Sonntag, 7. Juli 2013

Ramadan Preparations

 Freezer cooking the Algerian way, five packs of baklava should get us through this months...

Part of the Ramadan shopping, fresh coriander is essential for the shorba, the soup we have for iftar

This week we will enter the Holy Month of Ramadan. As a muslim family, it is obligatory that we do fast from dawn till sunset, no food, no drink for 30 days.  I remember Ramadan back in Algeria, some members of the family woke up for suhoor, the meal before sunset, they had some dates and lots of water. Others would just sleep until noon. The men would go to the market, then my mother-in-law would prepare iftar, the evening meal with that you are breaking of the daily fast. This would be followed by a long nap in the afternoon, and then, finally at about 8 pm, iftar time. Such a bliss to have the first sip of water!
This year here in Germany, the fasting begins at about 3.00 AM and lasts until 9.30 PM. Many people experience a kind of mental high during this time, a feeling of strengthened faith and a reconnection with God. They read the Quran a lot, and spent much time in the mosque, praying. But what if you have to go to work? Not a very good idea, indeed...You get up at 2.30 am, have a quick breakfast, go back to bed and try to get some more sleep. Then off to work. No coffee... No chocolate......
Have you ever tried to concentrate when the only thing on your mind is food? (Or, as the days go by, sleep?)
You get home, take a quick nap and then wait for iftar. You stay up late, as there is not much time for your body and stomach to make up for 17 hours of fasting. And it goes on like this for the next 29 days.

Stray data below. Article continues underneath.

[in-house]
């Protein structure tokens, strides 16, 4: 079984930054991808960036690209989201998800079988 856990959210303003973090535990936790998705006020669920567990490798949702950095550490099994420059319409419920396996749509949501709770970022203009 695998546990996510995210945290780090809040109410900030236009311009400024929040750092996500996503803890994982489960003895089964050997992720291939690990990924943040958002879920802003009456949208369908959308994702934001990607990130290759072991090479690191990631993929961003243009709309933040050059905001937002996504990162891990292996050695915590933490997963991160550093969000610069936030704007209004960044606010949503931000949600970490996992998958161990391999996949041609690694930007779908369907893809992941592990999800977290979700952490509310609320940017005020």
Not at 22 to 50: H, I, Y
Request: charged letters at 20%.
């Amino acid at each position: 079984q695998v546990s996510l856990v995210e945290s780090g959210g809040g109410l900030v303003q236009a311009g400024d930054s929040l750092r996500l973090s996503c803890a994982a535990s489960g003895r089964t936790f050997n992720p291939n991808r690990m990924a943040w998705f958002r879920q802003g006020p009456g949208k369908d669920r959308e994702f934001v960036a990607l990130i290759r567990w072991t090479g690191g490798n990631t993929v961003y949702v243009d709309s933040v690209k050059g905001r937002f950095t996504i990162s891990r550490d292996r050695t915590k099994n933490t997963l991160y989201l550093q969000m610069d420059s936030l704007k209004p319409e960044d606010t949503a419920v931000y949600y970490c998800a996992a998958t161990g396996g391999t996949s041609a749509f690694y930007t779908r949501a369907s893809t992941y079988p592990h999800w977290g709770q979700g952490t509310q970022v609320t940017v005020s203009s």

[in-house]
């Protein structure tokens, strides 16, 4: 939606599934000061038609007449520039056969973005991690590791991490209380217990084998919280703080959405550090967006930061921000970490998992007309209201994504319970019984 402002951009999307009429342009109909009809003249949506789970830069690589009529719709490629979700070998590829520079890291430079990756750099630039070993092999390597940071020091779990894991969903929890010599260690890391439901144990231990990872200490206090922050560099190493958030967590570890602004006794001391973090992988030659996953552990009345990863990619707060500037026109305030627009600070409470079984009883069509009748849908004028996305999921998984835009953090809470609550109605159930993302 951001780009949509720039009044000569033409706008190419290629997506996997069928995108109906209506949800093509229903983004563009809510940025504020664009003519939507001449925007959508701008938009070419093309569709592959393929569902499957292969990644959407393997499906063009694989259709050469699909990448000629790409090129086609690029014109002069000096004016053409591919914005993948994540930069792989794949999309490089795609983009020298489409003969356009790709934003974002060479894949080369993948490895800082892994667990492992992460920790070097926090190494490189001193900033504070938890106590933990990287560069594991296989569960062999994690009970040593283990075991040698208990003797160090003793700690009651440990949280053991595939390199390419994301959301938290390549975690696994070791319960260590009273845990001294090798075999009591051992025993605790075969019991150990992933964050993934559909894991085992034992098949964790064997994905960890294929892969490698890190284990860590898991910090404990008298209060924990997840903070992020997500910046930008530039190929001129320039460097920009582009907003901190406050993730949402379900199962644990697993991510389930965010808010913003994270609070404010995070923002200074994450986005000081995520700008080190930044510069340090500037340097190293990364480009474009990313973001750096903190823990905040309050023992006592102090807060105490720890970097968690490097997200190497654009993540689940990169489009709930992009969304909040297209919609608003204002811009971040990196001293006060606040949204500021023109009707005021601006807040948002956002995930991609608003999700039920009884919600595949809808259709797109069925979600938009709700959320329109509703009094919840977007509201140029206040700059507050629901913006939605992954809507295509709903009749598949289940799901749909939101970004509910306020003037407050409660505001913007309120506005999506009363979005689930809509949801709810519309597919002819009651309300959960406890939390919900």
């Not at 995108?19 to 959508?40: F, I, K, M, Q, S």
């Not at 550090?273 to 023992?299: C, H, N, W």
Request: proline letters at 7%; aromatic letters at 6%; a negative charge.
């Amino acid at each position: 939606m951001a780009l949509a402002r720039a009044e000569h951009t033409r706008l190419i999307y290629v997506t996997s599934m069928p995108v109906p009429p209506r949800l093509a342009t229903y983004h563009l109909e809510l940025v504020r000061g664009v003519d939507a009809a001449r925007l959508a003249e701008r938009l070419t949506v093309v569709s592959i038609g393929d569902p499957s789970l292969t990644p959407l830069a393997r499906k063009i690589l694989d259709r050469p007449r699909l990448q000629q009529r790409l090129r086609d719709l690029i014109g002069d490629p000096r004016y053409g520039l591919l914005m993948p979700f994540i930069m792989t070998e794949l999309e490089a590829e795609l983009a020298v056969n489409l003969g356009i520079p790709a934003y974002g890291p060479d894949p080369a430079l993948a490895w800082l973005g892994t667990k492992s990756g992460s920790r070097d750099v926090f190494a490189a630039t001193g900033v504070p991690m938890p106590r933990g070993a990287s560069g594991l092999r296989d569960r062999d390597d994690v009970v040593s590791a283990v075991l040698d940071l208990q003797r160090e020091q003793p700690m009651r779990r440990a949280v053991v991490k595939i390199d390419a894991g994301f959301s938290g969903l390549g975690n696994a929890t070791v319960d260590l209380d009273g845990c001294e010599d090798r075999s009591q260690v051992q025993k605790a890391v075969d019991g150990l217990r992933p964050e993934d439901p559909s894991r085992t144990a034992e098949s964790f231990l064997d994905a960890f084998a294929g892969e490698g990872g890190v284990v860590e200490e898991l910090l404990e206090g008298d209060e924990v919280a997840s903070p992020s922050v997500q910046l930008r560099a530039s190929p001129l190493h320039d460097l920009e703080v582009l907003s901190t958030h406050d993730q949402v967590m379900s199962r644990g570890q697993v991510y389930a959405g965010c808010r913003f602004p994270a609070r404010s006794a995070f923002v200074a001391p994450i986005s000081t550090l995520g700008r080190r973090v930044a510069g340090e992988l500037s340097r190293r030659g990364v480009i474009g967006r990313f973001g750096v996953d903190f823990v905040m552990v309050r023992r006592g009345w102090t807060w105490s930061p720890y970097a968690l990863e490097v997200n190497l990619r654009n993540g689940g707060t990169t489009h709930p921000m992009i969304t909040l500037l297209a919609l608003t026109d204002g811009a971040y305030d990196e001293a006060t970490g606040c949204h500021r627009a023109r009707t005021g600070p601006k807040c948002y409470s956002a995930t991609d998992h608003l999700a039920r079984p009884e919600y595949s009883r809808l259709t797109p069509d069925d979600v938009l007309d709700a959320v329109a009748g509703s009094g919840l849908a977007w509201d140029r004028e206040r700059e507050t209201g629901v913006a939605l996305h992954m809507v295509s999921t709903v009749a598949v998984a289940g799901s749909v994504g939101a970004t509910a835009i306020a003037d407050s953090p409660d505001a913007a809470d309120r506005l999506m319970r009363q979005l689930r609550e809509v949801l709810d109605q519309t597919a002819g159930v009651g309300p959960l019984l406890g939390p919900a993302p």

I know, this might sound strange or weird to non-muslims, especially now in the summer months, as you are not allowed to drink during the heat of the day.
But as much as I dread the month of Ramadan, it is always a precious time, a good experience. It always makes me think about food a lot, how we handle it, how much we waste, what it is like to be hungry. Have you ever noticed just how much food you eat during the day without really noticing? Without being hungry?
I am always surprised how often I enter the kitchen and snack on some olives, nuts or some chocolate.
During Ramadan, we usually break the fasting with a glass of water and some dates. I promise you, there has never been a drink sweeter or more refreshing than this humble glass of water at iftar. I can literally feel it running through my body.I am looking forward to this feeling already.
So, the shopping is done, there is meat in the freezer and the pantry is filled. I have been browsing through Algerian cookbooks to get some ideas of what to cook and the menu for the first day (at least) is ready. I always want to be more organised, like freezing bourek or appetizers, but I never make it this far ;-)
Seventeen hours of fasting can become very long, I wonder if I will make it this year without falling asleep on my desk at work. We will start on Tuesday or Wednesday, anybody wants to see our iftar table then??

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